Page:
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Coasts, Volume 2, Issue 2 (June 2022) – 4 articles

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23 pages, 2281 KiB  
Article
Documenting the Evolution of a Southern California Coastal Lagoon during the Late Holocene
by Sarah Dickson, Joseph Carlin, Nicole Bonuso and Matthew E. Kirby
Coasts 2022, 2(2), 102-124; https://doi.org/10.3390/coasts2020007 - 24 May 2022
Viewed by 2312
Abstract
Coastal wetlands are declining globally, and although wetland restoration looks to offset these losses, its success relies on anticipating environmental response to external forces. The purpose of this study is to investigate the sedimentological record of Los Peñasquitos Lagoon to determine the processes [...] Read more.
Coastal wetlands are declining globally, and although wetland restoration looks to offset these losses, its success relies on anticipating environmental response to external forces. The purpose of this study is to investigate the sedimentological record of Los Peñasquitos Lagoon to determine the processes that drive environmental transitions in a Southern California coastal wetland. For this project, we analyze three sediment cores from the wetland for grain size, total organic matter, and shell assemblages to reconstruct environmental change over the past ~4000 years. From the results, we find that the lagoon was initially an open embayment that persisted for >2000 years; however, at ~1000 cal yrs BP, a short-lived wet climatic period triggered a fluvial deltaic progradation at the head of the lagoon. As the wet period ended and drier conditions returned, the delta began to retreat, and the lagoon infilled as the estuarine mouth bar was permanently established. The permanent establishment of the mouth bar resulted in a transition to a marsh-dominated environment throughout the wetland. Ultimately, these environmental transitions were driven by climate variability, although evidence of human impacts was observed more recently in the record. Therefore, future restoration efforts must consider both natural climatic variability and anthropogenic influences if they intend to sustain coastal wetlands. Full article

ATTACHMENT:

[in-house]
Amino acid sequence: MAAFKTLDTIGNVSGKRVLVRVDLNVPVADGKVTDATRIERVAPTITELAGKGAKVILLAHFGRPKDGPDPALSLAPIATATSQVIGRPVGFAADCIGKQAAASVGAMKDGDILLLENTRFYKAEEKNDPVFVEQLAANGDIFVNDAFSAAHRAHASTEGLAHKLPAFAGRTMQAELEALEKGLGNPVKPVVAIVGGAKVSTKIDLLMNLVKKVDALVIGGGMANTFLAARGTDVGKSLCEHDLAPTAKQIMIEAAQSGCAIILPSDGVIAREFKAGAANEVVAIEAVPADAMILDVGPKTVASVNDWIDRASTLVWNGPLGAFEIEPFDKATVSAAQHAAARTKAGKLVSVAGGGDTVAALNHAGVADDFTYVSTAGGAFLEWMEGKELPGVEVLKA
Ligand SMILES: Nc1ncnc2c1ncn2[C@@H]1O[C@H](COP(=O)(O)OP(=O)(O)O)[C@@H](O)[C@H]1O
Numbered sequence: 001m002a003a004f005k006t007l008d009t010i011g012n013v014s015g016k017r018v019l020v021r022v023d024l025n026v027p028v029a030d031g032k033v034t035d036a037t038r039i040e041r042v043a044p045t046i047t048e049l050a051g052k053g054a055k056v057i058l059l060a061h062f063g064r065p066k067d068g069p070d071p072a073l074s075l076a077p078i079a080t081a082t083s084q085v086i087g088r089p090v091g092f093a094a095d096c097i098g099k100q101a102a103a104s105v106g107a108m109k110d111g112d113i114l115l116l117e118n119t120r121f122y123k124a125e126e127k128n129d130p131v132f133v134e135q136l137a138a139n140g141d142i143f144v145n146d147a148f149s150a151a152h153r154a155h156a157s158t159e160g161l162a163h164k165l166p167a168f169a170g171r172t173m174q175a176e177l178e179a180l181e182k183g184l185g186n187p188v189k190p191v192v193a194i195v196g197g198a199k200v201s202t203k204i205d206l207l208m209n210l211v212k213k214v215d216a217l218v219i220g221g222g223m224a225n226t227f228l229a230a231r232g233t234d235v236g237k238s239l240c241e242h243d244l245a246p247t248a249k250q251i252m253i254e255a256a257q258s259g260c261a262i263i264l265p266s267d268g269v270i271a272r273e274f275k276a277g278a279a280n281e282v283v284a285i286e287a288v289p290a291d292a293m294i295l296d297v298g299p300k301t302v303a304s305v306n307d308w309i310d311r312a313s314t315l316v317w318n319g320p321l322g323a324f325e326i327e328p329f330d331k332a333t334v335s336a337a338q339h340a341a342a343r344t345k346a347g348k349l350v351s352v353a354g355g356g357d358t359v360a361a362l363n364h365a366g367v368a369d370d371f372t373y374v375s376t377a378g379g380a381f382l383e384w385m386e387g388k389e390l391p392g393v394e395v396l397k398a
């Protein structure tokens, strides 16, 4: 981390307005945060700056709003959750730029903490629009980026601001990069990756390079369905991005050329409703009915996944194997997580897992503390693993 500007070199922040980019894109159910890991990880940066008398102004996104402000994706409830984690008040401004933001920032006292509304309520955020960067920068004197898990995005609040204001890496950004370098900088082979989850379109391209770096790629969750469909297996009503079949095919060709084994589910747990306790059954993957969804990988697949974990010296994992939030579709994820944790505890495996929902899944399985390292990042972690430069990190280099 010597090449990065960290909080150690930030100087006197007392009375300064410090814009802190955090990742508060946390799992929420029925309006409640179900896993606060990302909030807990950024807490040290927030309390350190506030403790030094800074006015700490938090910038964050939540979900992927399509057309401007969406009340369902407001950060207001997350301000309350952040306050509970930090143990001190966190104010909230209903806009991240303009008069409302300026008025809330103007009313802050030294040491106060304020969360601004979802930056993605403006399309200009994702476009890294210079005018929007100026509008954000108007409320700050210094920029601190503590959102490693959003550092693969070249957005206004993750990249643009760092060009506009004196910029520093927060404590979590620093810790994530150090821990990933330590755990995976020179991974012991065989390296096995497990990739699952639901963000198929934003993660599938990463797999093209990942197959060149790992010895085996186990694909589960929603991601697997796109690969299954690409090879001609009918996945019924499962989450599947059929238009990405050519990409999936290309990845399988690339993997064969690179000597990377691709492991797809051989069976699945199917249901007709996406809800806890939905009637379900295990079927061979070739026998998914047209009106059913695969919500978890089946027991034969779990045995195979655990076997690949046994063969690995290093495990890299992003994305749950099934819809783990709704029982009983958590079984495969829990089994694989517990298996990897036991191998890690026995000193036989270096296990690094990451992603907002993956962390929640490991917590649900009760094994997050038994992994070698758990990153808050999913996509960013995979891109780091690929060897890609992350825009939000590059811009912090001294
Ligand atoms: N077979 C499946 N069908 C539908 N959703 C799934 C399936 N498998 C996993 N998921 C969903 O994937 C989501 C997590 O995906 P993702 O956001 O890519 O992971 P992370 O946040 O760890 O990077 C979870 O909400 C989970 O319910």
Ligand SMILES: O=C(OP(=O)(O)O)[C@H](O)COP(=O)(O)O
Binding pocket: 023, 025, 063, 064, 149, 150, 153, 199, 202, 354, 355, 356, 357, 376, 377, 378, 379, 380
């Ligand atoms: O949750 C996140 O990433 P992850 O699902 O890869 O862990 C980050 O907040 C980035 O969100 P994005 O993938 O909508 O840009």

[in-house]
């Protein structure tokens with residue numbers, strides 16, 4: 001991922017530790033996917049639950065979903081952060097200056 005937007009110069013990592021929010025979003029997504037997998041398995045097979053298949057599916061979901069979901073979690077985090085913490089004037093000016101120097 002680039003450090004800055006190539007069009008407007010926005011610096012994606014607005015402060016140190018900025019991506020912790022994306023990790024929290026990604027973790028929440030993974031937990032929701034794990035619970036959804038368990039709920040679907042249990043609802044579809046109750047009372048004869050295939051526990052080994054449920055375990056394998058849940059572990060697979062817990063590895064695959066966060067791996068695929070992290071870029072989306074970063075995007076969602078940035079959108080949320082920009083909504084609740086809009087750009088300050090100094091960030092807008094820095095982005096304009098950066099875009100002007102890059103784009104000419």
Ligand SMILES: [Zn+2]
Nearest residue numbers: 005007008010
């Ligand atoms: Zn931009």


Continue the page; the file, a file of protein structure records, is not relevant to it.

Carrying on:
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9 pages, 2142 KiB  
Article
Thermal Metrics to Identify Canadian Coastal Environments
by William A. Gough
Coasts 2022, 2(2), 93-101; https://doi.org/10.3390/coasts2020006 - 19 Apr 2022
Cited by 4 | Viewed by 1825
Abstract
A thermal metric developed using the day-to-day temperature variability framework that was previously applied to the east coast of China has been adapted for Canadian climate station data. The same metric, based on the variability of the minimum temperature of the day, was [...] Read more.
A thermal metric developed using the day-to-day temperature variability framework that was previously applied to the east coast of China has been adapted for Canadian climate station data. The same metric, based on the variability of the minimum temperature of the day, was able to distinguish between coastal and inland stations, especially when the winter months of December, January and February, were removed from the analysis. While the threshold of the metric that distinguished between the two groups was different than that developed for the east coast of China, it was nonetheless unambiguous. The range of latitudes in the Canadian setting was sufficiently narrow that a latitude correction, as was performed for the China climate stations, was not required. A comparison with a more traditional measure of continentality suggests that the thermal variability measure performs better at identifying the coastal/continental nature of the climate station data. This work also suggests that a more nuanced treatment of winter months should be considered for all such measures in colder climates. Full article